Figure 43.5    Schematic representation of the major cell-surface glycoconjugates of Leishmania
Figure 43.6    Structure of Entamoeba histolytica lipopeptidophosphoglycan (LPPG)
Figure 43.7    Life cycle of Schistosoma species, the parasitic helminth that causes schistosomiasis in humans
Figure 43.8    Examples of structures of glycans found in parasitic helminths, including Schistosoma mansoni and                        Haemonchus contortus

Chapter 44   Genetic Disorders of Glycan Degradation

Figure 44.1    Degradation of complex-type N-glycans
Table 44.1      Defects in glycoprotein degradation—the glycoproteinoses
Table 44.2      Defects in glycosaminoglycan (GAG) degradation—the mucopolysaccharidoses
Table 44.3      Defects in glycolipid degradation
Figure 44.2    Degradation of hyaluronan and heparan sulfate (HS)
Figure 44.3    Degradation of chondroitin/dermatan sulfates (CS/DS) and keratan sulfate (KS)
Figure 44.4    Degradation of glycosphingolipids

Chapter 45   Genetic Disorders of Glycosylation

Figure 45.1    Glycosylation-related disorders
Table 45.1      Selected congenital disorders of glycosylation in humans
Figure 45.2    Congenital disorders of glycosylation in the N-glycosylation pathway
Figure 45.3    O-Man glycan biosynthetic pathway
Figure 45.4    CDGs related with UDP-Gal metabolism
Figure 45.5    Golgi homeostasis defects

Chapter 46   Glycans in Acquired Human Diseases

Chapter 47   Glycosylation Changes in Cancer

Figure 47.1    N-Glycans increase in size on neoplastic transformation of cells, in part because of increased MGAT4                        and MGAT5 activity, which catalyzes GlcNAc branching of N-glycans
Figure 47.2    Loss of normal topology and polarization of epithelial cells in cancer results in secretion of mucins with                          truncated O-GalNAc glycans, such as sialyl-Tn (STn) and Tn, into the bloodstream
Figure 47.3    Gangliosides expressed in human neuroectodermal tumors
Figure 47.4    In normal physiology platelets, leukocytes and endothelial cells interact via selectins and selectin ligands
Figure 47.5    Glycosaminoglycans (GAGs) in cancer

Chapter 48   Glycan-Recognizing Probes as Tools

Figure 48.1    Examples of N-glycans recognized by concanavalin A (ConA) from Canavalia ensiformis and Galanthus                        nivalis agglutinin (GNA)
Figure 48.2    Examples of types of N-glycans recognized by L-PHA, E-PHA, and DSA
Figure 48.3    Examples of types of glycan determinants bound with high affinity by different plant and animal lectins
Figure 48.4    Examples of types of glycan determinants bound with high affinity by different plant lectins
Figure 48.5    Examples of different mammalian glycan antigens recognized by specific monoclonal antibodies
Figure 48.6    Additional examples of different mammalian glycan antigens recognized by specific monoclonal                                      antibodies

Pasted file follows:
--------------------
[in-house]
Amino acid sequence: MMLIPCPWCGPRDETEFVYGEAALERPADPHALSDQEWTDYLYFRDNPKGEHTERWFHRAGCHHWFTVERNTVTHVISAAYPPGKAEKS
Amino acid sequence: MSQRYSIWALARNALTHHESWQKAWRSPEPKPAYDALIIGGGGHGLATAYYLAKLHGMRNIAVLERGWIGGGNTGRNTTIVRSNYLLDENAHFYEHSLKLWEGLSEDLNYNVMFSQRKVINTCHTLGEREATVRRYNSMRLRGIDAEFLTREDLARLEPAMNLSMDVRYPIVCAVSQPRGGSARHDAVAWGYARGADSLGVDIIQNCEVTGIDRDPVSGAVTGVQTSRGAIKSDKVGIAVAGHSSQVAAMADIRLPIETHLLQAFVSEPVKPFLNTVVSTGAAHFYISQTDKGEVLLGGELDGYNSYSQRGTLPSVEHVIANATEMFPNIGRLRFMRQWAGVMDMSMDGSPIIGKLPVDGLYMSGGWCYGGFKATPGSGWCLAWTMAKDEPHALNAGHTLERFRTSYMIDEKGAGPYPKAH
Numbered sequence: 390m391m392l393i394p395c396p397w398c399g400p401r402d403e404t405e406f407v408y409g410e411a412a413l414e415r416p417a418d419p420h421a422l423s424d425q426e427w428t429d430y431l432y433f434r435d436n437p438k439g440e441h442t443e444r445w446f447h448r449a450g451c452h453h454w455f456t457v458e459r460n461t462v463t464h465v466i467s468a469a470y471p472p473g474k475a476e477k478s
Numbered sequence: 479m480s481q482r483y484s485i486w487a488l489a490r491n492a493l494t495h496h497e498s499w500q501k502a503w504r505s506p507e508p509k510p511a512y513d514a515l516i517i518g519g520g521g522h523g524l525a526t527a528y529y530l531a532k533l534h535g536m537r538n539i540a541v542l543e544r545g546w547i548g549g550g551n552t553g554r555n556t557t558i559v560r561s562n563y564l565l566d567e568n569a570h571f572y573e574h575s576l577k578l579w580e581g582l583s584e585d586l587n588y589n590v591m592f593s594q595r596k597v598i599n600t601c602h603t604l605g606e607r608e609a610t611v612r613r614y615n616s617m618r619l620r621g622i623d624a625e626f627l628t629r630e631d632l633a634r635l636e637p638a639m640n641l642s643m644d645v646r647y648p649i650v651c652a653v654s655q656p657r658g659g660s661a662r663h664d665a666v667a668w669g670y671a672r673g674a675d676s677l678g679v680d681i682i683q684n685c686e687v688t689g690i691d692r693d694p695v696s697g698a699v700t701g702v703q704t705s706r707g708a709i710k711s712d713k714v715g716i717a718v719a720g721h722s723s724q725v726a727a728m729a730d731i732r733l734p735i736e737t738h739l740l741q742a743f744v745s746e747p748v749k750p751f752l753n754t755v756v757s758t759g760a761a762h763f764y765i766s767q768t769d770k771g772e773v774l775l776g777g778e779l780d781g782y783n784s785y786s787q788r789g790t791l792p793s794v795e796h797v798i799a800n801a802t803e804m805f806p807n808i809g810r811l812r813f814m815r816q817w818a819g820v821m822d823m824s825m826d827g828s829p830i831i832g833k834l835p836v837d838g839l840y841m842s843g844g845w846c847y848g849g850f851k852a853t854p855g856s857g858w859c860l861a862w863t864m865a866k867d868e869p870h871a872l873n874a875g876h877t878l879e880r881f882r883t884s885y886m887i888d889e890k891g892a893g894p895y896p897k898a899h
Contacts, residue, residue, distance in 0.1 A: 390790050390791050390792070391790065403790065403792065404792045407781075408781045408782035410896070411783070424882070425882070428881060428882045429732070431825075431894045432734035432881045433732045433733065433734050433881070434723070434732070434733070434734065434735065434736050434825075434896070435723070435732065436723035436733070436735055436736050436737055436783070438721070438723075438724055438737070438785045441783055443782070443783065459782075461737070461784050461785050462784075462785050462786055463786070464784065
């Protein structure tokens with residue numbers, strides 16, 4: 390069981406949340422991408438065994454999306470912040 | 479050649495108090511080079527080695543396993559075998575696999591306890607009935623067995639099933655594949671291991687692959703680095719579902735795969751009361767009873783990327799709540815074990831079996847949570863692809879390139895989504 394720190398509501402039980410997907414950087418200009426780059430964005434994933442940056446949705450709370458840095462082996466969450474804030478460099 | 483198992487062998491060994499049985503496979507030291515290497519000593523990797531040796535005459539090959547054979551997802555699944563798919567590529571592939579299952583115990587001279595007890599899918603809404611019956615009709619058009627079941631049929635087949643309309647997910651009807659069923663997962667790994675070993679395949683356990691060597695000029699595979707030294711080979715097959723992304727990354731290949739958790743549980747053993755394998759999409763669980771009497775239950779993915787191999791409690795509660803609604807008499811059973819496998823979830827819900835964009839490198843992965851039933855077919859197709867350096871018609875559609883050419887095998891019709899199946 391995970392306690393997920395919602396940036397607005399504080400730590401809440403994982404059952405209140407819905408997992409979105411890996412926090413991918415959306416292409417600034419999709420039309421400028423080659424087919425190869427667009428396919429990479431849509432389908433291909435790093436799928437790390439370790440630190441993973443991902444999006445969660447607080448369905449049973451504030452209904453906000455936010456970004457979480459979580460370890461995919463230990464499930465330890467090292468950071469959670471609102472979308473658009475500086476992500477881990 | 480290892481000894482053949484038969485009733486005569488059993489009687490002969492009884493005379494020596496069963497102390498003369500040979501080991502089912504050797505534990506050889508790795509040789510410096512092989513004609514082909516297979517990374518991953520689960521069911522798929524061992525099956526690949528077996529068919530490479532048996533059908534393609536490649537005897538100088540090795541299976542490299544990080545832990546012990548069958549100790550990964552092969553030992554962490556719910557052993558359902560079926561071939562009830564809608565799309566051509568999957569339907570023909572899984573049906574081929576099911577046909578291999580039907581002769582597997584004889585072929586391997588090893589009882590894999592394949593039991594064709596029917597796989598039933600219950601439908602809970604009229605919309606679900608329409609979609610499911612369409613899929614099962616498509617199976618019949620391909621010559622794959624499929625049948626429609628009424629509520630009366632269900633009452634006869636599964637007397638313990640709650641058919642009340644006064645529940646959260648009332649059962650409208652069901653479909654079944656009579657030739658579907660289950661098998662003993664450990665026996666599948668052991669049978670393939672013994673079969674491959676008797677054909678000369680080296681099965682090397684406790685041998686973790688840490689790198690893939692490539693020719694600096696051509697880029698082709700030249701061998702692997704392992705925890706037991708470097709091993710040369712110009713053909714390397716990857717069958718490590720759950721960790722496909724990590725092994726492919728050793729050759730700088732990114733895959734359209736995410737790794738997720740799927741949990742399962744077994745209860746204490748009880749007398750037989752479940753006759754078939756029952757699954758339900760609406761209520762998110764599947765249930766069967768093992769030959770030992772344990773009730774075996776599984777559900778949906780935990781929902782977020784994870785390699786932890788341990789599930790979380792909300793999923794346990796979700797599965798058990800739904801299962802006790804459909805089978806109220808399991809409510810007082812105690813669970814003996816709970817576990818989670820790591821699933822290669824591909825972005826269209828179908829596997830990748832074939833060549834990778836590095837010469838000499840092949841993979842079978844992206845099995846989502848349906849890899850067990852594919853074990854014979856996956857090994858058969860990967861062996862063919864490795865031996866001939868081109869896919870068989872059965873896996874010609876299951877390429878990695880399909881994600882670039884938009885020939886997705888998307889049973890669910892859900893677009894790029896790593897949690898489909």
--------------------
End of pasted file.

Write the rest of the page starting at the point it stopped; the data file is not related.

Figure 48.7    Examples of different uses of plant and animal lectins, carbohydrate-binding molecules (CBMs), and                        antibodies in glycobiology
Figure 48.8    An example of the use of different immobilized plant lectins in serial lectin affinity chromatography of                              complex mixtures of glycopeptides

Chapter 49   Glycosylation Mutants of Cultured Mammalian Cells
Figure 49.1    Alteration of cell-surface glycans by recessive and dominant glycosylation mutations
Figure 49.2    Selections for glycosylation mutants
Figure 49.3    Mutation of UDP-Glc/UDP-GlcNAc-4-epimerase, also called UDP-Gal-4-epimerase or GALE, in ldlD                        mutant Chinese hamster ovary (CHO) cells prevents the generation of UDP-Gal and UDP-GalNAc                                 preventing addition of Gal and GalNAc to all glycans
Table 49.1      Examples of recessive glycosylation mutants
Table 49.2      Examples of dominant mutants expressing a new activity
Table 49.3      Examples of mutants defective in proteoglycan assembly

Chapter 50   Structural Analysis of Glycans

Figure 50.1    Glycosidases used for structural analysis
Table 50.1      Table of enzymes for glycan analysis
Figure 50.2    An example of linkage analysis showing a bacterial O-linked branched hexasaccharide with a sequence                        of Rha1-3Glc1-(Glc1-3GlcNAc1-)2,6Glc1-6GlcNAc
Figure 50.3    Sections of 2D 1H-13C 700 MHz NMR spectra of a sialyl Lewis x–capped glycan in D2O
Figure 50.4    Energy plots showing likely ϕ–ψ values for the glycosidic torsion angles between Glc residues in                        Glcβ1-4Glc-OMe

Chapter 51   Glycomics and Glycoproteomics

Figure 51.1    Analysis of a purified single glycoprotein
Figure 51.2    Glycomics-assisted glycoproteomics of a complex mixture of glycoproteins
Table 51.1      Families of common monosaccharides found in mammalian N- and O-linked glycans
Figure 51.3    Collision-induced dissociation–tandem mass spectrometry (CID-MS/MS) of released N-glycans
Figure 51.4    Complementary tandem mass spectrometry (MS/MS) fragmentation of N-glycopeptides

Chapter 52   Glycoinformatics

Figure 52.1    The critical role of glycomics in systems biology
Table 52.1      Glycoscience databases, repositories and web portals